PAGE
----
UBC study shows nonfood allergy rates among immigrants increase over time

    1 of 1 2 of 1

      A study published in the Canadian Journal of Public Health has found that new immigrants have a far lower prevalence of nonfood allergies than Canadian-born residents.

      According to UBC researchers Jiayun Yao and Hind Sbihi, only 14.3 percent of those here fewer than 10 years reported having allergies in the Canadian Community Health Survey.

      The rate rose to 23.9 percent for immigrants who've been in Canada for more than 10 years.

      Among Canadian-born residents, the rate is 29.6 percent.

      "We knew from previous research that the risk of developing allergies increases in those emigrating from low-income countries to Western countries," Sbihi said in an interview on the UBC website. "With Canada having some of the highest allergy rates in the world, we wanted to know if that was also true here."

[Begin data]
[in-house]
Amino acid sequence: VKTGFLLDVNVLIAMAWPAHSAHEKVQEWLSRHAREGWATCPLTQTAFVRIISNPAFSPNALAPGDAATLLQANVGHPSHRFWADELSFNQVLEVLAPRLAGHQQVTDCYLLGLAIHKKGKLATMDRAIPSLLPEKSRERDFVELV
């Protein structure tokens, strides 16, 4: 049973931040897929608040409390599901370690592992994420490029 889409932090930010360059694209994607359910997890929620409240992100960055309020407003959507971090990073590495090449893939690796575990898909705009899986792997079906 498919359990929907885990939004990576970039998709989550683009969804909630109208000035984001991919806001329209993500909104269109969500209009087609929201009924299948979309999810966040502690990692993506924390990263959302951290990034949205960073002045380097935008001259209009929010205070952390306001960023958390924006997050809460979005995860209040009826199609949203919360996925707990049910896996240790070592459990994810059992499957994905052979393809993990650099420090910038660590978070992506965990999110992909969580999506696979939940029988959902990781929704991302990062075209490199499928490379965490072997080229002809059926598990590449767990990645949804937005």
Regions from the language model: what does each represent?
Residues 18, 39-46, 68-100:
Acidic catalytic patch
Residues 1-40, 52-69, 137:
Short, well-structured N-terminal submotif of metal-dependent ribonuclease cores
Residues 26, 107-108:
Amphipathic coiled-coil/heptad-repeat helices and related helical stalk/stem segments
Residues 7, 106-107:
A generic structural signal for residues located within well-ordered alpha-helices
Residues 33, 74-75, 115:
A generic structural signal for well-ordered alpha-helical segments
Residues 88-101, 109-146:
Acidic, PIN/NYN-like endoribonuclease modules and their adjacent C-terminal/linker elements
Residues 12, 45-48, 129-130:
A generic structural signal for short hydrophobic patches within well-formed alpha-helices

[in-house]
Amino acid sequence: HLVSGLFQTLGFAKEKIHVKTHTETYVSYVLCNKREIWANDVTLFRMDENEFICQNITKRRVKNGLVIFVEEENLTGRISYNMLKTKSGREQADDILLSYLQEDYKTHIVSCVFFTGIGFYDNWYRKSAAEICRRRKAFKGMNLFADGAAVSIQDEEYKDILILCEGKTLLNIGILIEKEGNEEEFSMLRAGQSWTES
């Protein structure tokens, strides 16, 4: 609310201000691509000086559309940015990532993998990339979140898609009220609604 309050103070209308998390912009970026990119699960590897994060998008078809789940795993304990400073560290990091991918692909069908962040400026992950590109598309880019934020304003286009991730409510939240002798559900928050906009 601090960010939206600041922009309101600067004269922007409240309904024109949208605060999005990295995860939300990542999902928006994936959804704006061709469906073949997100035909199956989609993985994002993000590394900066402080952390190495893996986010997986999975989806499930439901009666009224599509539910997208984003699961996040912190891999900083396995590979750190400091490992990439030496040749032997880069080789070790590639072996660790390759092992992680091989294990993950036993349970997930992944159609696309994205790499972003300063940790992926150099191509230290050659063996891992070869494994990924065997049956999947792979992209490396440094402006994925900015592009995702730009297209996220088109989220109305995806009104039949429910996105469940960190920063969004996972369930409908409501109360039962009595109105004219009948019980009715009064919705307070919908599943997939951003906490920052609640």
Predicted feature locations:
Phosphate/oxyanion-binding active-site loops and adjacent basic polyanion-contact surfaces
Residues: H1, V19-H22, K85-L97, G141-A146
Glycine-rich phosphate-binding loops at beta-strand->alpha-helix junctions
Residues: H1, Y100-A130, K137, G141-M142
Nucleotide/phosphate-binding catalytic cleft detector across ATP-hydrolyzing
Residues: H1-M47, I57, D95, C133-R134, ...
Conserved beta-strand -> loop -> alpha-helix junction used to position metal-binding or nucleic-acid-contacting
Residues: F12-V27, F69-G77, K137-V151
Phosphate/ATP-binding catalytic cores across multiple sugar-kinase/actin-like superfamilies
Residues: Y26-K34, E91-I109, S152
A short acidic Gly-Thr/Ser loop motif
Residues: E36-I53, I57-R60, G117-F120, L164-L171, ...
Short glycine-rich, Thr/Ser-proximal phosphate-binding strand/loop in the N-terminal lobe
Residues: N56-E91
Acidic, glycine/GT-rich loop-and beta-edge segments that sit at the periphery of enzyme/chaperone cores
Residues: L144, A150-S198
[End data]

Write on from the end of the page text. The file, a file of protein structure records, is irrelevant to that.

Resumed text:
Yao said on the UBC website that allergic rhinitis, otherwise known as hay fever, is an example of a nonfood allergy. About one in five Canadians suffers from this.

      She also noted that the rise in nonfood allergies among immigrant populations suggests that environmental triggers are a contributing factor.

      "These factors could be things like air pollution, levels of sanitization and dietary choices," Yao said, "but we would need to do more research to pinpoint what those factors are."